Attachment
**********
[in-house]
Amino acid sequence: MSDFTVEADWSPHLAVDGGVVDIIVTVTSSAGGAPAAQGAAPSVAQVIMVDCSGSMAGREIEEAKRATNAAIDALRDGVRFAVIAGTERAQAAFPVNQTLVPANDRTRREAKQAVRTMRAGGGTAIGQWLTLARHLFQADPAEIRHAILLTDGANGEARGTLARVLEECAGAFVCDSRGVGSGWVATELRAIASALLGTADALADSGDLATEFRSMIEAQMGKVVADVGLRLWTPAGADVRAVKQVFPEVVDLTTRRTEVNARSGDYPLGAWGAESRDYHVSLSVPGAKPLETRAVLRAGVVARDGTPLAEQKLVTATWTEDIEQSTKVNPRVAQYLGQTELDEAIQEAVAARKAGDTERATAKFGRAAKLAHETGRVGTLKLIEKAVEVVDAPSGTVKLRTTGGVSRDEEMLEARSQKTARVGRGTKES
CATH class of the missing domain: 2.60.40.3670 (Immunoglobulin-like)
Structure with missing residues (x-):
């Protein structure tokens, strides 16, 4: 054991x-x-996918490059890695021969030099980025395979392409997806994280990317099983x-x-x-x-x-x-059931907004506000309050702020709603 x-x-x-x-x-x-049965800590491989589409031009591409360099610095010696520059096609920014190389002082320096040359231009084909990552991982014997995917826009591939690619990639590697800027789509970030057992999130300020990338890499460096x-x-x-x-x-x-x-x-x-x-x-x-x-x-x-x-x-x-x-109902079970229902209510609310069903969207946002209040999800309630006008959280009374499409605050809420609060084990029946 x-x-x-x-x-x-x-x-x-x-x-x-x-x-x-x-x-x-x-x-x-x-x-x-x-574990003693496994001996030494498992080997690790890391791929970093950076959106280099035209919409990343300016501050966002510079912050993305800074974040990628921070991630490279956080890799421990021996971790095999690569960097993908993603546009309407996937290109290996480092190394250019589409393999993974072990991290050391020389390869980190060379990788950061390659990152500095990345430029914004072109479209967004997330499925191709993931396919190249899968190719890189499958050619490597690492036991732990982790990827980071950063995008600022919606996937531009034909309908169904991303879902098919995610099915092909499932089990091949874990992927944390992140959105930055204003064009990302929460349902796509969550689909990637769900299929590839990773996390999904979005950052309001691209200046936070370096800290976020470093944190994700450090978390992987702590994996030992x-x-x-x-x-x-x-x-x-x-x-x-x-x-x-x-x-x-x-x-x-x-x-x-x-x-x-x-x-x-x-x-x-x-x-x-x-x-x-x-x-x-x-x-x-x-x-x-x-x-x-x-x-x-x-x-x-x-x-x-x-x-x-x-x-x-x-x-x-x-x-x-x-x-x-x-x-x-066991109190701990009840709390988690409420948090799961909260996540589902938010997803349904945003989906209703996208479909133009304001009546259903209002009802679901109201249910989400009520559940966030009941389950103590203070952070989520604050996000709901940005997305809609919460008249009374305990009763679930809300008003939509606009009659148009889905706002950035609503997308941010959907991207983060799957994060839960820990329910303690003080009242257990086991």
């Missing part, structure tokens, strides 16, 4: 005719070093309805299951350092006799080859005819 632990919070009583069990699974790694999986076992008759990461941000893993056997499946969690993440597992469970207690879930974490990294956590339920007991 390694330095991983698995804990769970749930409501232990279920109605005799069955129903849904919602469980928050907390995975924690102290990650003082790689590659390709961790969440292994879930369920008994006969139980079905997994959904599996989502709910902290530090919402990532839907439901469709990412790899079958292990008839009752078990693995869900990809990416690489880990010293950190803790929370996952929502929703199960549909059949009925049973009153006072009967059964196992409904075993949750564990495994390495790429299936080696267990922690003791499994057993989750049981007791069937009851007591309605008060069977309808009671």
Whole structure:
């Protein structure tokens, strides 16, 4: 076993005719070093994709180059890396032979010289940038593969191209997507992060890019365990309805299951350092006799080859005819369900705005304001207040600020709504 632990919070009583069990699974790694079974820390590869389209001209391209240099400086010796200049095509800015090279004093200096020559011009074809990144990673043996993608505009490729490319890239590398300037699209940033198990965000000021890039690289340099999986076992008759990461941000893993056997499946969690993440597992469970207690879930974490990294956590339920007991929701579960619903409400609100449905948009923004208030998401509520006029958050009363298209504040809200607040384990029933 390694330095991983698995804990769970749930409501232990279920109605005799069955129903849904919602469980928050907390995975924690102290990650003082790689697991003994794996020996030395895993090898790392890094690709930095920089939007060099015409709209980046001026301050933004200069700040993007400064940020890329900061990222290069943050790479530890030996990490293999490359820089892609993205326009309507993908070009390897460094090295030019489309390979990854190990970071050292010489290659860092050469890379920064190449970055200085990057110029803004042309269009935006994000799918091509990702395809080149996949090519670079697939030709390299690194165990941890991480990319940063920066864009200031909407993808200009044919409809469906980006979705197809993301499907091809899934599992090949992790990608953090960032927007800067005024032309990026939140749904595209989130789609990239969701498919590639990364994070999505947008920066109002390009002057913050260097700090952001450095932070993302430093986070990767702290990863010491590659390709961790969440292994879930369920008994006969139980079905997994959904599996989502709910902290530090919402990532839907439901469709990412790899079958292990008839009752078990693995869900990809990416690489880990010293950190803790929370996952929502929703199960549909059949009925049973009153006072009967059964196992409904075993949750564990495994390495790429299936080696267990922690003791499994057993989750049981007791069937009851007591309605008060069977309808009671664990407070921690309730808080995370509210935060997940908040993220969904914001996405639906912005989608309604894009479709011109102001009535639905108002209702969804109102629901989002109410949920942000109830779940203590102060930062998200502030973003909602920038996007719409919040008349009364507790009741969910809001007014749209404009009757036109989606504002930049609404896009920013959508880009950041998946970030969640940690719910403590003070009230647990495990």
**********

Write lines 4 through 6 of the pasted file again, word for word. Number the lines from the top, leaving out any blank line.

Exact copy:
Structure with missing residues (x-):
């Protein structure tokens, strides 16, 4: 054991x-x-996918490059890695021969030099980025395979392409997806994280990317099983x-x-x-x-x-x-059931907004506000309050702020709603 x-x-x-x-x-x-049965800590491989589409031009591409360099610095010696520059096609920014190389002082320096040359231009084909990552991982014997995917826009591939690619990639590697800027789509970030057992999130300020990338890499460096x-x-x-x-x-x-x-x-x-x-x-x-x-x-x-x-x-x-x-109902079970229902209510609310069903969207946002209040999800309630006008959280009374499409605050809420609060084990029946 x-x-x-x-x-x-x-x-x-x-x-x-x-x-x-x-x-x-x-x-x-x-x-x-x-574990003693496994001996030494498992080997690790890391791929970093950076959106280099035209919409990343300016501050966002510079912050993305800074974040990628921070991630490279956080890799421990021996971790095999690569960097993908993603546009309407996937290109290996480092190394250019589409393999993974072990991290050391020389390869980190060379990788950061390659990152500095990345430029914004072109479209967004997330499925191709993931396919190249899968190719890189499958050619490597690492036991732990982790990827980071950063995008600022919606996937531009034909309908169904991303879902098919995610099915092909499932089990091949874990992927944390992140959105930055204003064009990302929460349902796509969550689909990637769900299929590839990773996390999904979005950052309001691209200046936070370096800290976020470093944190994700450090978390992987702590994996030992x-x-x-x-x-x-x-x-x-x-x-x-x-x-x-x-x-x-x-x-x-x-x-x-x-x-x-x-x-x-x-x-x-x-x-x-x-x-x-x-x-x-x-x-x-x-x-x-x-x-x-x-x-x-x-x-x-x-x-x-x-x-x-x-x-x-x-x-x-x-x-x-x-x-x-x-x-x-066991109190701990009840709390988690409420948090799961909260996540589902938010997803349904945003989906209703996208479909133009304001009546259903209002009802679901109201249910989400009520559940966030009941389950103590203070952070989520604050996000709901940005997305809609919460008249009374305990009763679930809300008003939509606009009659148009889905706002950035609503997308941010959907991207983060799957994060839960820990329910303690003080009242257990086991």
């Missing part, structure tokens, strides 16, 4: 005719070093309805299951350092006799080859005819 632990919070009583069990699974790694999986076992008759990461941000893993056997499946969690993440597992469970207690879930974490990294956590339920007991 390694330095991983698995804990769970749930409501232990279920109605005799069955129903849904919602469980928050907390995975924690102290990650003082790689590659390709961790969440292994879930369920008994006969139980079905997994959904599996989502709910902290530090919402990532839907439901469709990412790899079958292990008839009752078990693995869900990809990416690489880990010293950190803790929370996952929502929703199960549909059949009925049973009153006072009967059964196992409904075993949750564990495994390495790429299936080696267990922690003791499994057993989750049981007791069937009851007591309605008060069977309808009671």